International Figure Skating


IFS December 2016


IFS DECEMBER 2016 goes on sale November 5 in the U.S. and Canada.


IFS DECEMBER 2016 The competitive figure skating spirit that we see today in Japan is the result of a carefully planned and well-executed program that was set in place more than two decades ago.

Many wonder how it has become such a strong nation in recent years, producing one champion after another. There is no one simple answer, but the result is a combination of various factors that have contributed to that nation’s rise on the global stages.




Last season was a roller coaster of highs and lows for Japan’s Shoma Uno. Though the first half of the season saw him qualify for the Grand Prix Final and take a bronze medal in Barcelona, the second half of the year was not quite what the rising Japanese star had hoped to achieve. But, he is a determined young man who believes there are no limits to what he can achieve.



There are a few moments in her life that Gracie Gold would like to forget. As she heads into the new season, the outcome of the 2016 World Championships likely ranks at the top of her list.

Life has been a whirlwind for Javier Fernández since winning his second World title last March. His victory made front-page news in space usually reserved for tennis or soccer heroes in his Spanish homeland. Royalty and highest levels of government feted him, but the accolades and respect from his countrymen did not come easily.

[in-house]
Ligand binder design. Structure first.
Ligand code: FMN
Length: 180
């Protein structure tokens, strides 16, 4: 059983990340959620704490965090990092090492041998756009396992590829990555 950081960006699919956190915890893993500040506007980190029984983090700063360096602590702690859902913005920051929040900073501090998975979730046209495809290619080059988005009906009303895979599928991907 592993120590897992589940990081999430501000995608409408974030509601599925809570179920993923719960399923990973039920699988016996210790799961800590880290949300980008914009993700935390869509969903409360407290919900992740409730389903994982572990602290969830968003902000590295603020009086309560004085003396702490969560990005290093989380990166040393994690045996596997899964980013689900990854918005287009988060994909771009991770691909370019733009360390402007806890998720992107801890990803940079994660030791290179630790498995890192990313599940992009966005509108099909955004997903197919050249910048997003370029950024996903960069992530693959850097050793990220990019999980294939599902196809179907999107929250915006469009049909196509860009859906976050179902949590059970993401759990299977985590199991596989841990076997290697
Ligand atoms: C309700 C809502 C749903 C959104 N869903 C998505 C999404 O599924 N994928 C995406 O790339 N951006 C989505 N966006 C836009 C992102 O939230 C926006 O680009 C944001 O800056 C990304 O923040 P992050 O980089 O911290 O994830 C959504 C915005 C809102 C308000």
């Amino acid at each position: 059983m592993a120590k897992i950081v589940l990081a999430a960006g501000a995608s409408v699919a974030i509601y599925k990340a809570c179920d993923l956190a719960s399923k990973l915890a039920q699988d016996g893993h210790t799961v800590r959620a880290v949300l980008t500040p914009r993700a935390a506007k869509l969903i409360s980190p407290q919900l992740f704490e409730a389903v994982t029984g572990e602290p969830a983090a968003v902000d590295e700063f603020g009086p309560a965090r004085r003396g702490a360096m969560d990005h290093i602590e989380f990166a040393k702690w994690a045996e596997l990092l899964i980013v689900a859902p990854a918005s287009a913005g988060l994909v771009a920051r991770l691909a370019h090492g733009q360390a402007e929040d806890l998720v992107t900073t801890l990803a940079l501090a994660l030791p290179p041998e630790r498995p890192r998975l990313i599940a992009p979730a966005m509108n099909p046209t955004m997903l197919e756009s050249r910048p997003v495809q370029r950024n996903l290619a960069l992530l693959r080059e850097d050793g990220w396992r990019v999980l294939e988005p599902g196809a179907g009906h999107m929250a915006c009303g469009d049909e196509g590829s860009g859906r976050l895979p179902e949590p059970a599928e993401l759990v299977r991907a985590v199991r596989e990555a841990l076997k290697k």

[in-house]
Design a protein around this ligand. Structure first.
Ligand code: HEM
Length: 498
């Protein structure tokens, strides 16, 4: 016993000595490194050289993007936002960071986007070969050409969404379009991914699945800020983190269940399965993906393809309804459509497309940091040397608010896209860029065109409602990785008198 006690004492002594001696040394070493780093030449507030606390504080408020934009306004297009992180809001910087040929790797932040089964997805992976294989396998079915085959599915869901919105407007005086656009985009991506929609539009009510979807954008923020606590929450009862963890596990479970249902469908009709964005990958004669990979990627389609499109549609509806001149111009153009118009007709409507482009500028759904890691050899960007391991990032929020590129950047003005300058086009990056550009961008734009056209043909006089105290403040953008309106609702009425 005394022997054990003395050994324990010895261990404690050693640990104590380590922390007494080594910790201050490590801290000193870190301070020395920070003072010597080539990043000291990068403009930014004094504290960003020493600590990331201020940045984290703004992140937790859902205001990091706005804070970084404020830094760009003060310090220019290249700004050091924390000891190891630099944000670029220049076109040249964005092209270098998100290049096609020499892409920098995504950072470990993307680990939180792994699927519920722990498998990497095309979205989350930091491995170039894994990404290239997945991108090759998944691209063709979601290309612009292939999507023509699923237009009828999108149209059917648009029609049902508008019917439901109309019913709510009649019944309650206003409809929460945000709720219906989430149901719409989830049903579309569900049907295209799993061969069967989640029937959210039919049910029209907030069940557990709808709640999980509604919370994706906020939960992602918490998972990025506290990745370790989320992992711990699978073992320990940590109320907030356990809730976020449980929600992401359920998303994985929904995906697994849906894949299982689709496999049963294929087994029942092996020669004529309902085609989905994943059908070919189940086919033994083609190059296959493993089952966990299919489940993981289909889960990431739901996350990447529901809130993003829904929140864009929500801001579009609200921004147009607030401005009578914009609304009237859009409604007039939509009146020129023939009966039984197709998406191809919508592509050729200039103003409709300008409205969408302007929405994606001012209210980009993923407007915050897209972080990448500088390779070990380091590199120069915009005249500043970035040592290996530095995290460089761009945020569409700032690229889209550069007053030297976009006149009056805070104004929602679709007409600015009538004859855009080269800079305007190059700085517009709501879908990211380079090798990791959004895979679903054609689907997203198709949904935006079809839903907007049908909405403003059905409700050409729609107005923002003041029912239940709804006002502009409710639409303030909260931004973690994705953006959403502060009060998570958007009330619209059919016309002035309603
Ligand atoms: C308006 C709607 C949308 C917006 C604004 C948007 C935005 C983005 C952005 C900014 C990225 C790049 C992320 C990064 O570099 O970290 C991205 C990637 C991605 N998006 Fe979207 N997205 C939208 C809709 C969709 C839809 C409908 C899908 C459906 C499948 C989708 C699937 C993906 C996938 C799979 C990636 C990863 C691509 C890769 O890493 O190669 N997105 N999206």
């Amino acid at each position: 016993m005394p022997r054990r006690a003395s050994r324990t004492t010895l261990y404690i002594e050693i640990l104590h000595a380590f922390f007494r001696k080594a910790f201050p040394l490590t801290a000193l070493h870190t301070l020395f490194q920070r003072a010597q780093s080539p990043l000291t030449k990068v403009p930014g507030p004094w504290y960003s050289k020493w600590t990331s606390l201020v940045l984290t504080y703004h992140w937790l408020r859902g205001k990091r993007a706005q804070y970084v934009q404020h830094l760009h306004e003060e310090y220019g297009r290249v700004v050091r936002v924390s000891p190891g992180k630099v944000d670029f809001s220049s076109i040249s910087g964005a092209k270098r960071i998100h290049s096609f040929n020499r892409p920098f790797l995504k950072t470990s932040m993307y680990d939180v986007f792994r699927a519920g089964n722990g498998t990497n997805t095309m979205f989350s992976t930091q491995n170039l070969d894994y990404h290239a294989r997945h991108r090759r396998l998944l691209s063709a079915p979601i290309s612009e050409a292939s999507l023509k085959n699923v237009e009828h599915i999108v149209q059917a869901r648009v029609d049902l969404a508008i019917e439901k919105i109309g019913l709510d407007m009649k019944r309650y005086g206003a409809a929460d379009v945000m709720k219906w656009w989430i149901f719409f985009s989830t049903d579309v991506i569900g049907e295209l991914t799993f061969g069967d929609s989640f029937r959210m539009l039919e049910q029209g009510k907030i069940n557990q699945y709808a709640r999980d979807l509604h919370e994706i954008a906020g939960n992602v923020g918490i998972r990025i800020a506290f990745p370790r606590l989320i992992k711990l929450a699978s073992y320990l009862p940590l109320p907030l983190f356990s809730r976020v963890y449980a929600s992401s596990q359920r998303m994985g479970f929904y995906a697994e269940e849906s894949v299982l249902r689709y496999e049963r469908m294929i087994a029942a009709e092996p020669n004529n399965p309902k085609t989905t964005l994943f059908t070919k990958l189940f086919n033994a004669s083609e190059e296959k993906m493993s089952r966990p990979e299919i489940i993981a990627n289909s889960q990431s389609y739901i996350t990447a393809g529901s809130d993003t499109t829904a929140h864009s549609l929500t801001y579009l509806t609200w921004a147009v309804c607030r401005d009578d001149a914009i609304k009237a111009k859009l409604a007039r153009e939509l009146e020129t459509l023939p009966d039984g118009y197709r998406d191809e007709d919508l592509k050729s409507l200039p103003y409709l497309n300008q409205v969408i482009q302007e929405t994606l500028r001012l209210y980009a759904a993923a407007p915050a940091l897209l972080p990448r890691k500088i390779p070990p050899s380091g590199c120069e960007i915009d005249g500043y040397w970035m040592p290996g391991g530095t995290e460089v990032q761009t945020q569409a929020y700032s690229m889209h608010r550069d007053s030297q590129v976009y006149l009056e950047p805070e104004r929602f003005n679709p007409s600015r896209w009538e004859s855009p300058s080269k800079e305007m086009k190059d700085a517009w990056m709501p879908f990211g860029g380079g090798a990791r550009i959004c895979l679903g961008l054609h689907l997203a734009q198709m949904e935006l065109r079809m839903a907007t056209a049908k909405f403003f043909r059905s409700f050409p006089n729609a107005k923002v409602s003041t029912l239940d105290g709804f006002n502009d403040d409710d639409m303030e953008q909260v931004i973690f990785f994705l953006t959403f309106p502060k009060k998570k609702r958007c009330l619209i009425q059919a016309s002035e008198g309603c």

”La Marseillaise” has rung out in honor of four French ice dance victories at the World Cham- pionships in the last 16 years. Marina Anissina and Gwendal Peizerat were the first to hear their anthem in 2000, followed by Isabelle Delobel and Olivier Schoenfelder in 2008. That national anthem has rung out twice in consecutive years for Gabriella Papadakis and Guillaume Cizeron who danced into the French history books with their victory in Boston.


Wakaba Higuchi is the latest Japanese junior skater to make the move into the senior ranks. Higuchi, who was born on Jan. 2, 2001, said her parents were inspired by the new millennium that had begun the previous day when they named her. Wakaba means “new leaf” in the Japanese language, and this season her name reflects a new chapter that is unfolding in her skating career.



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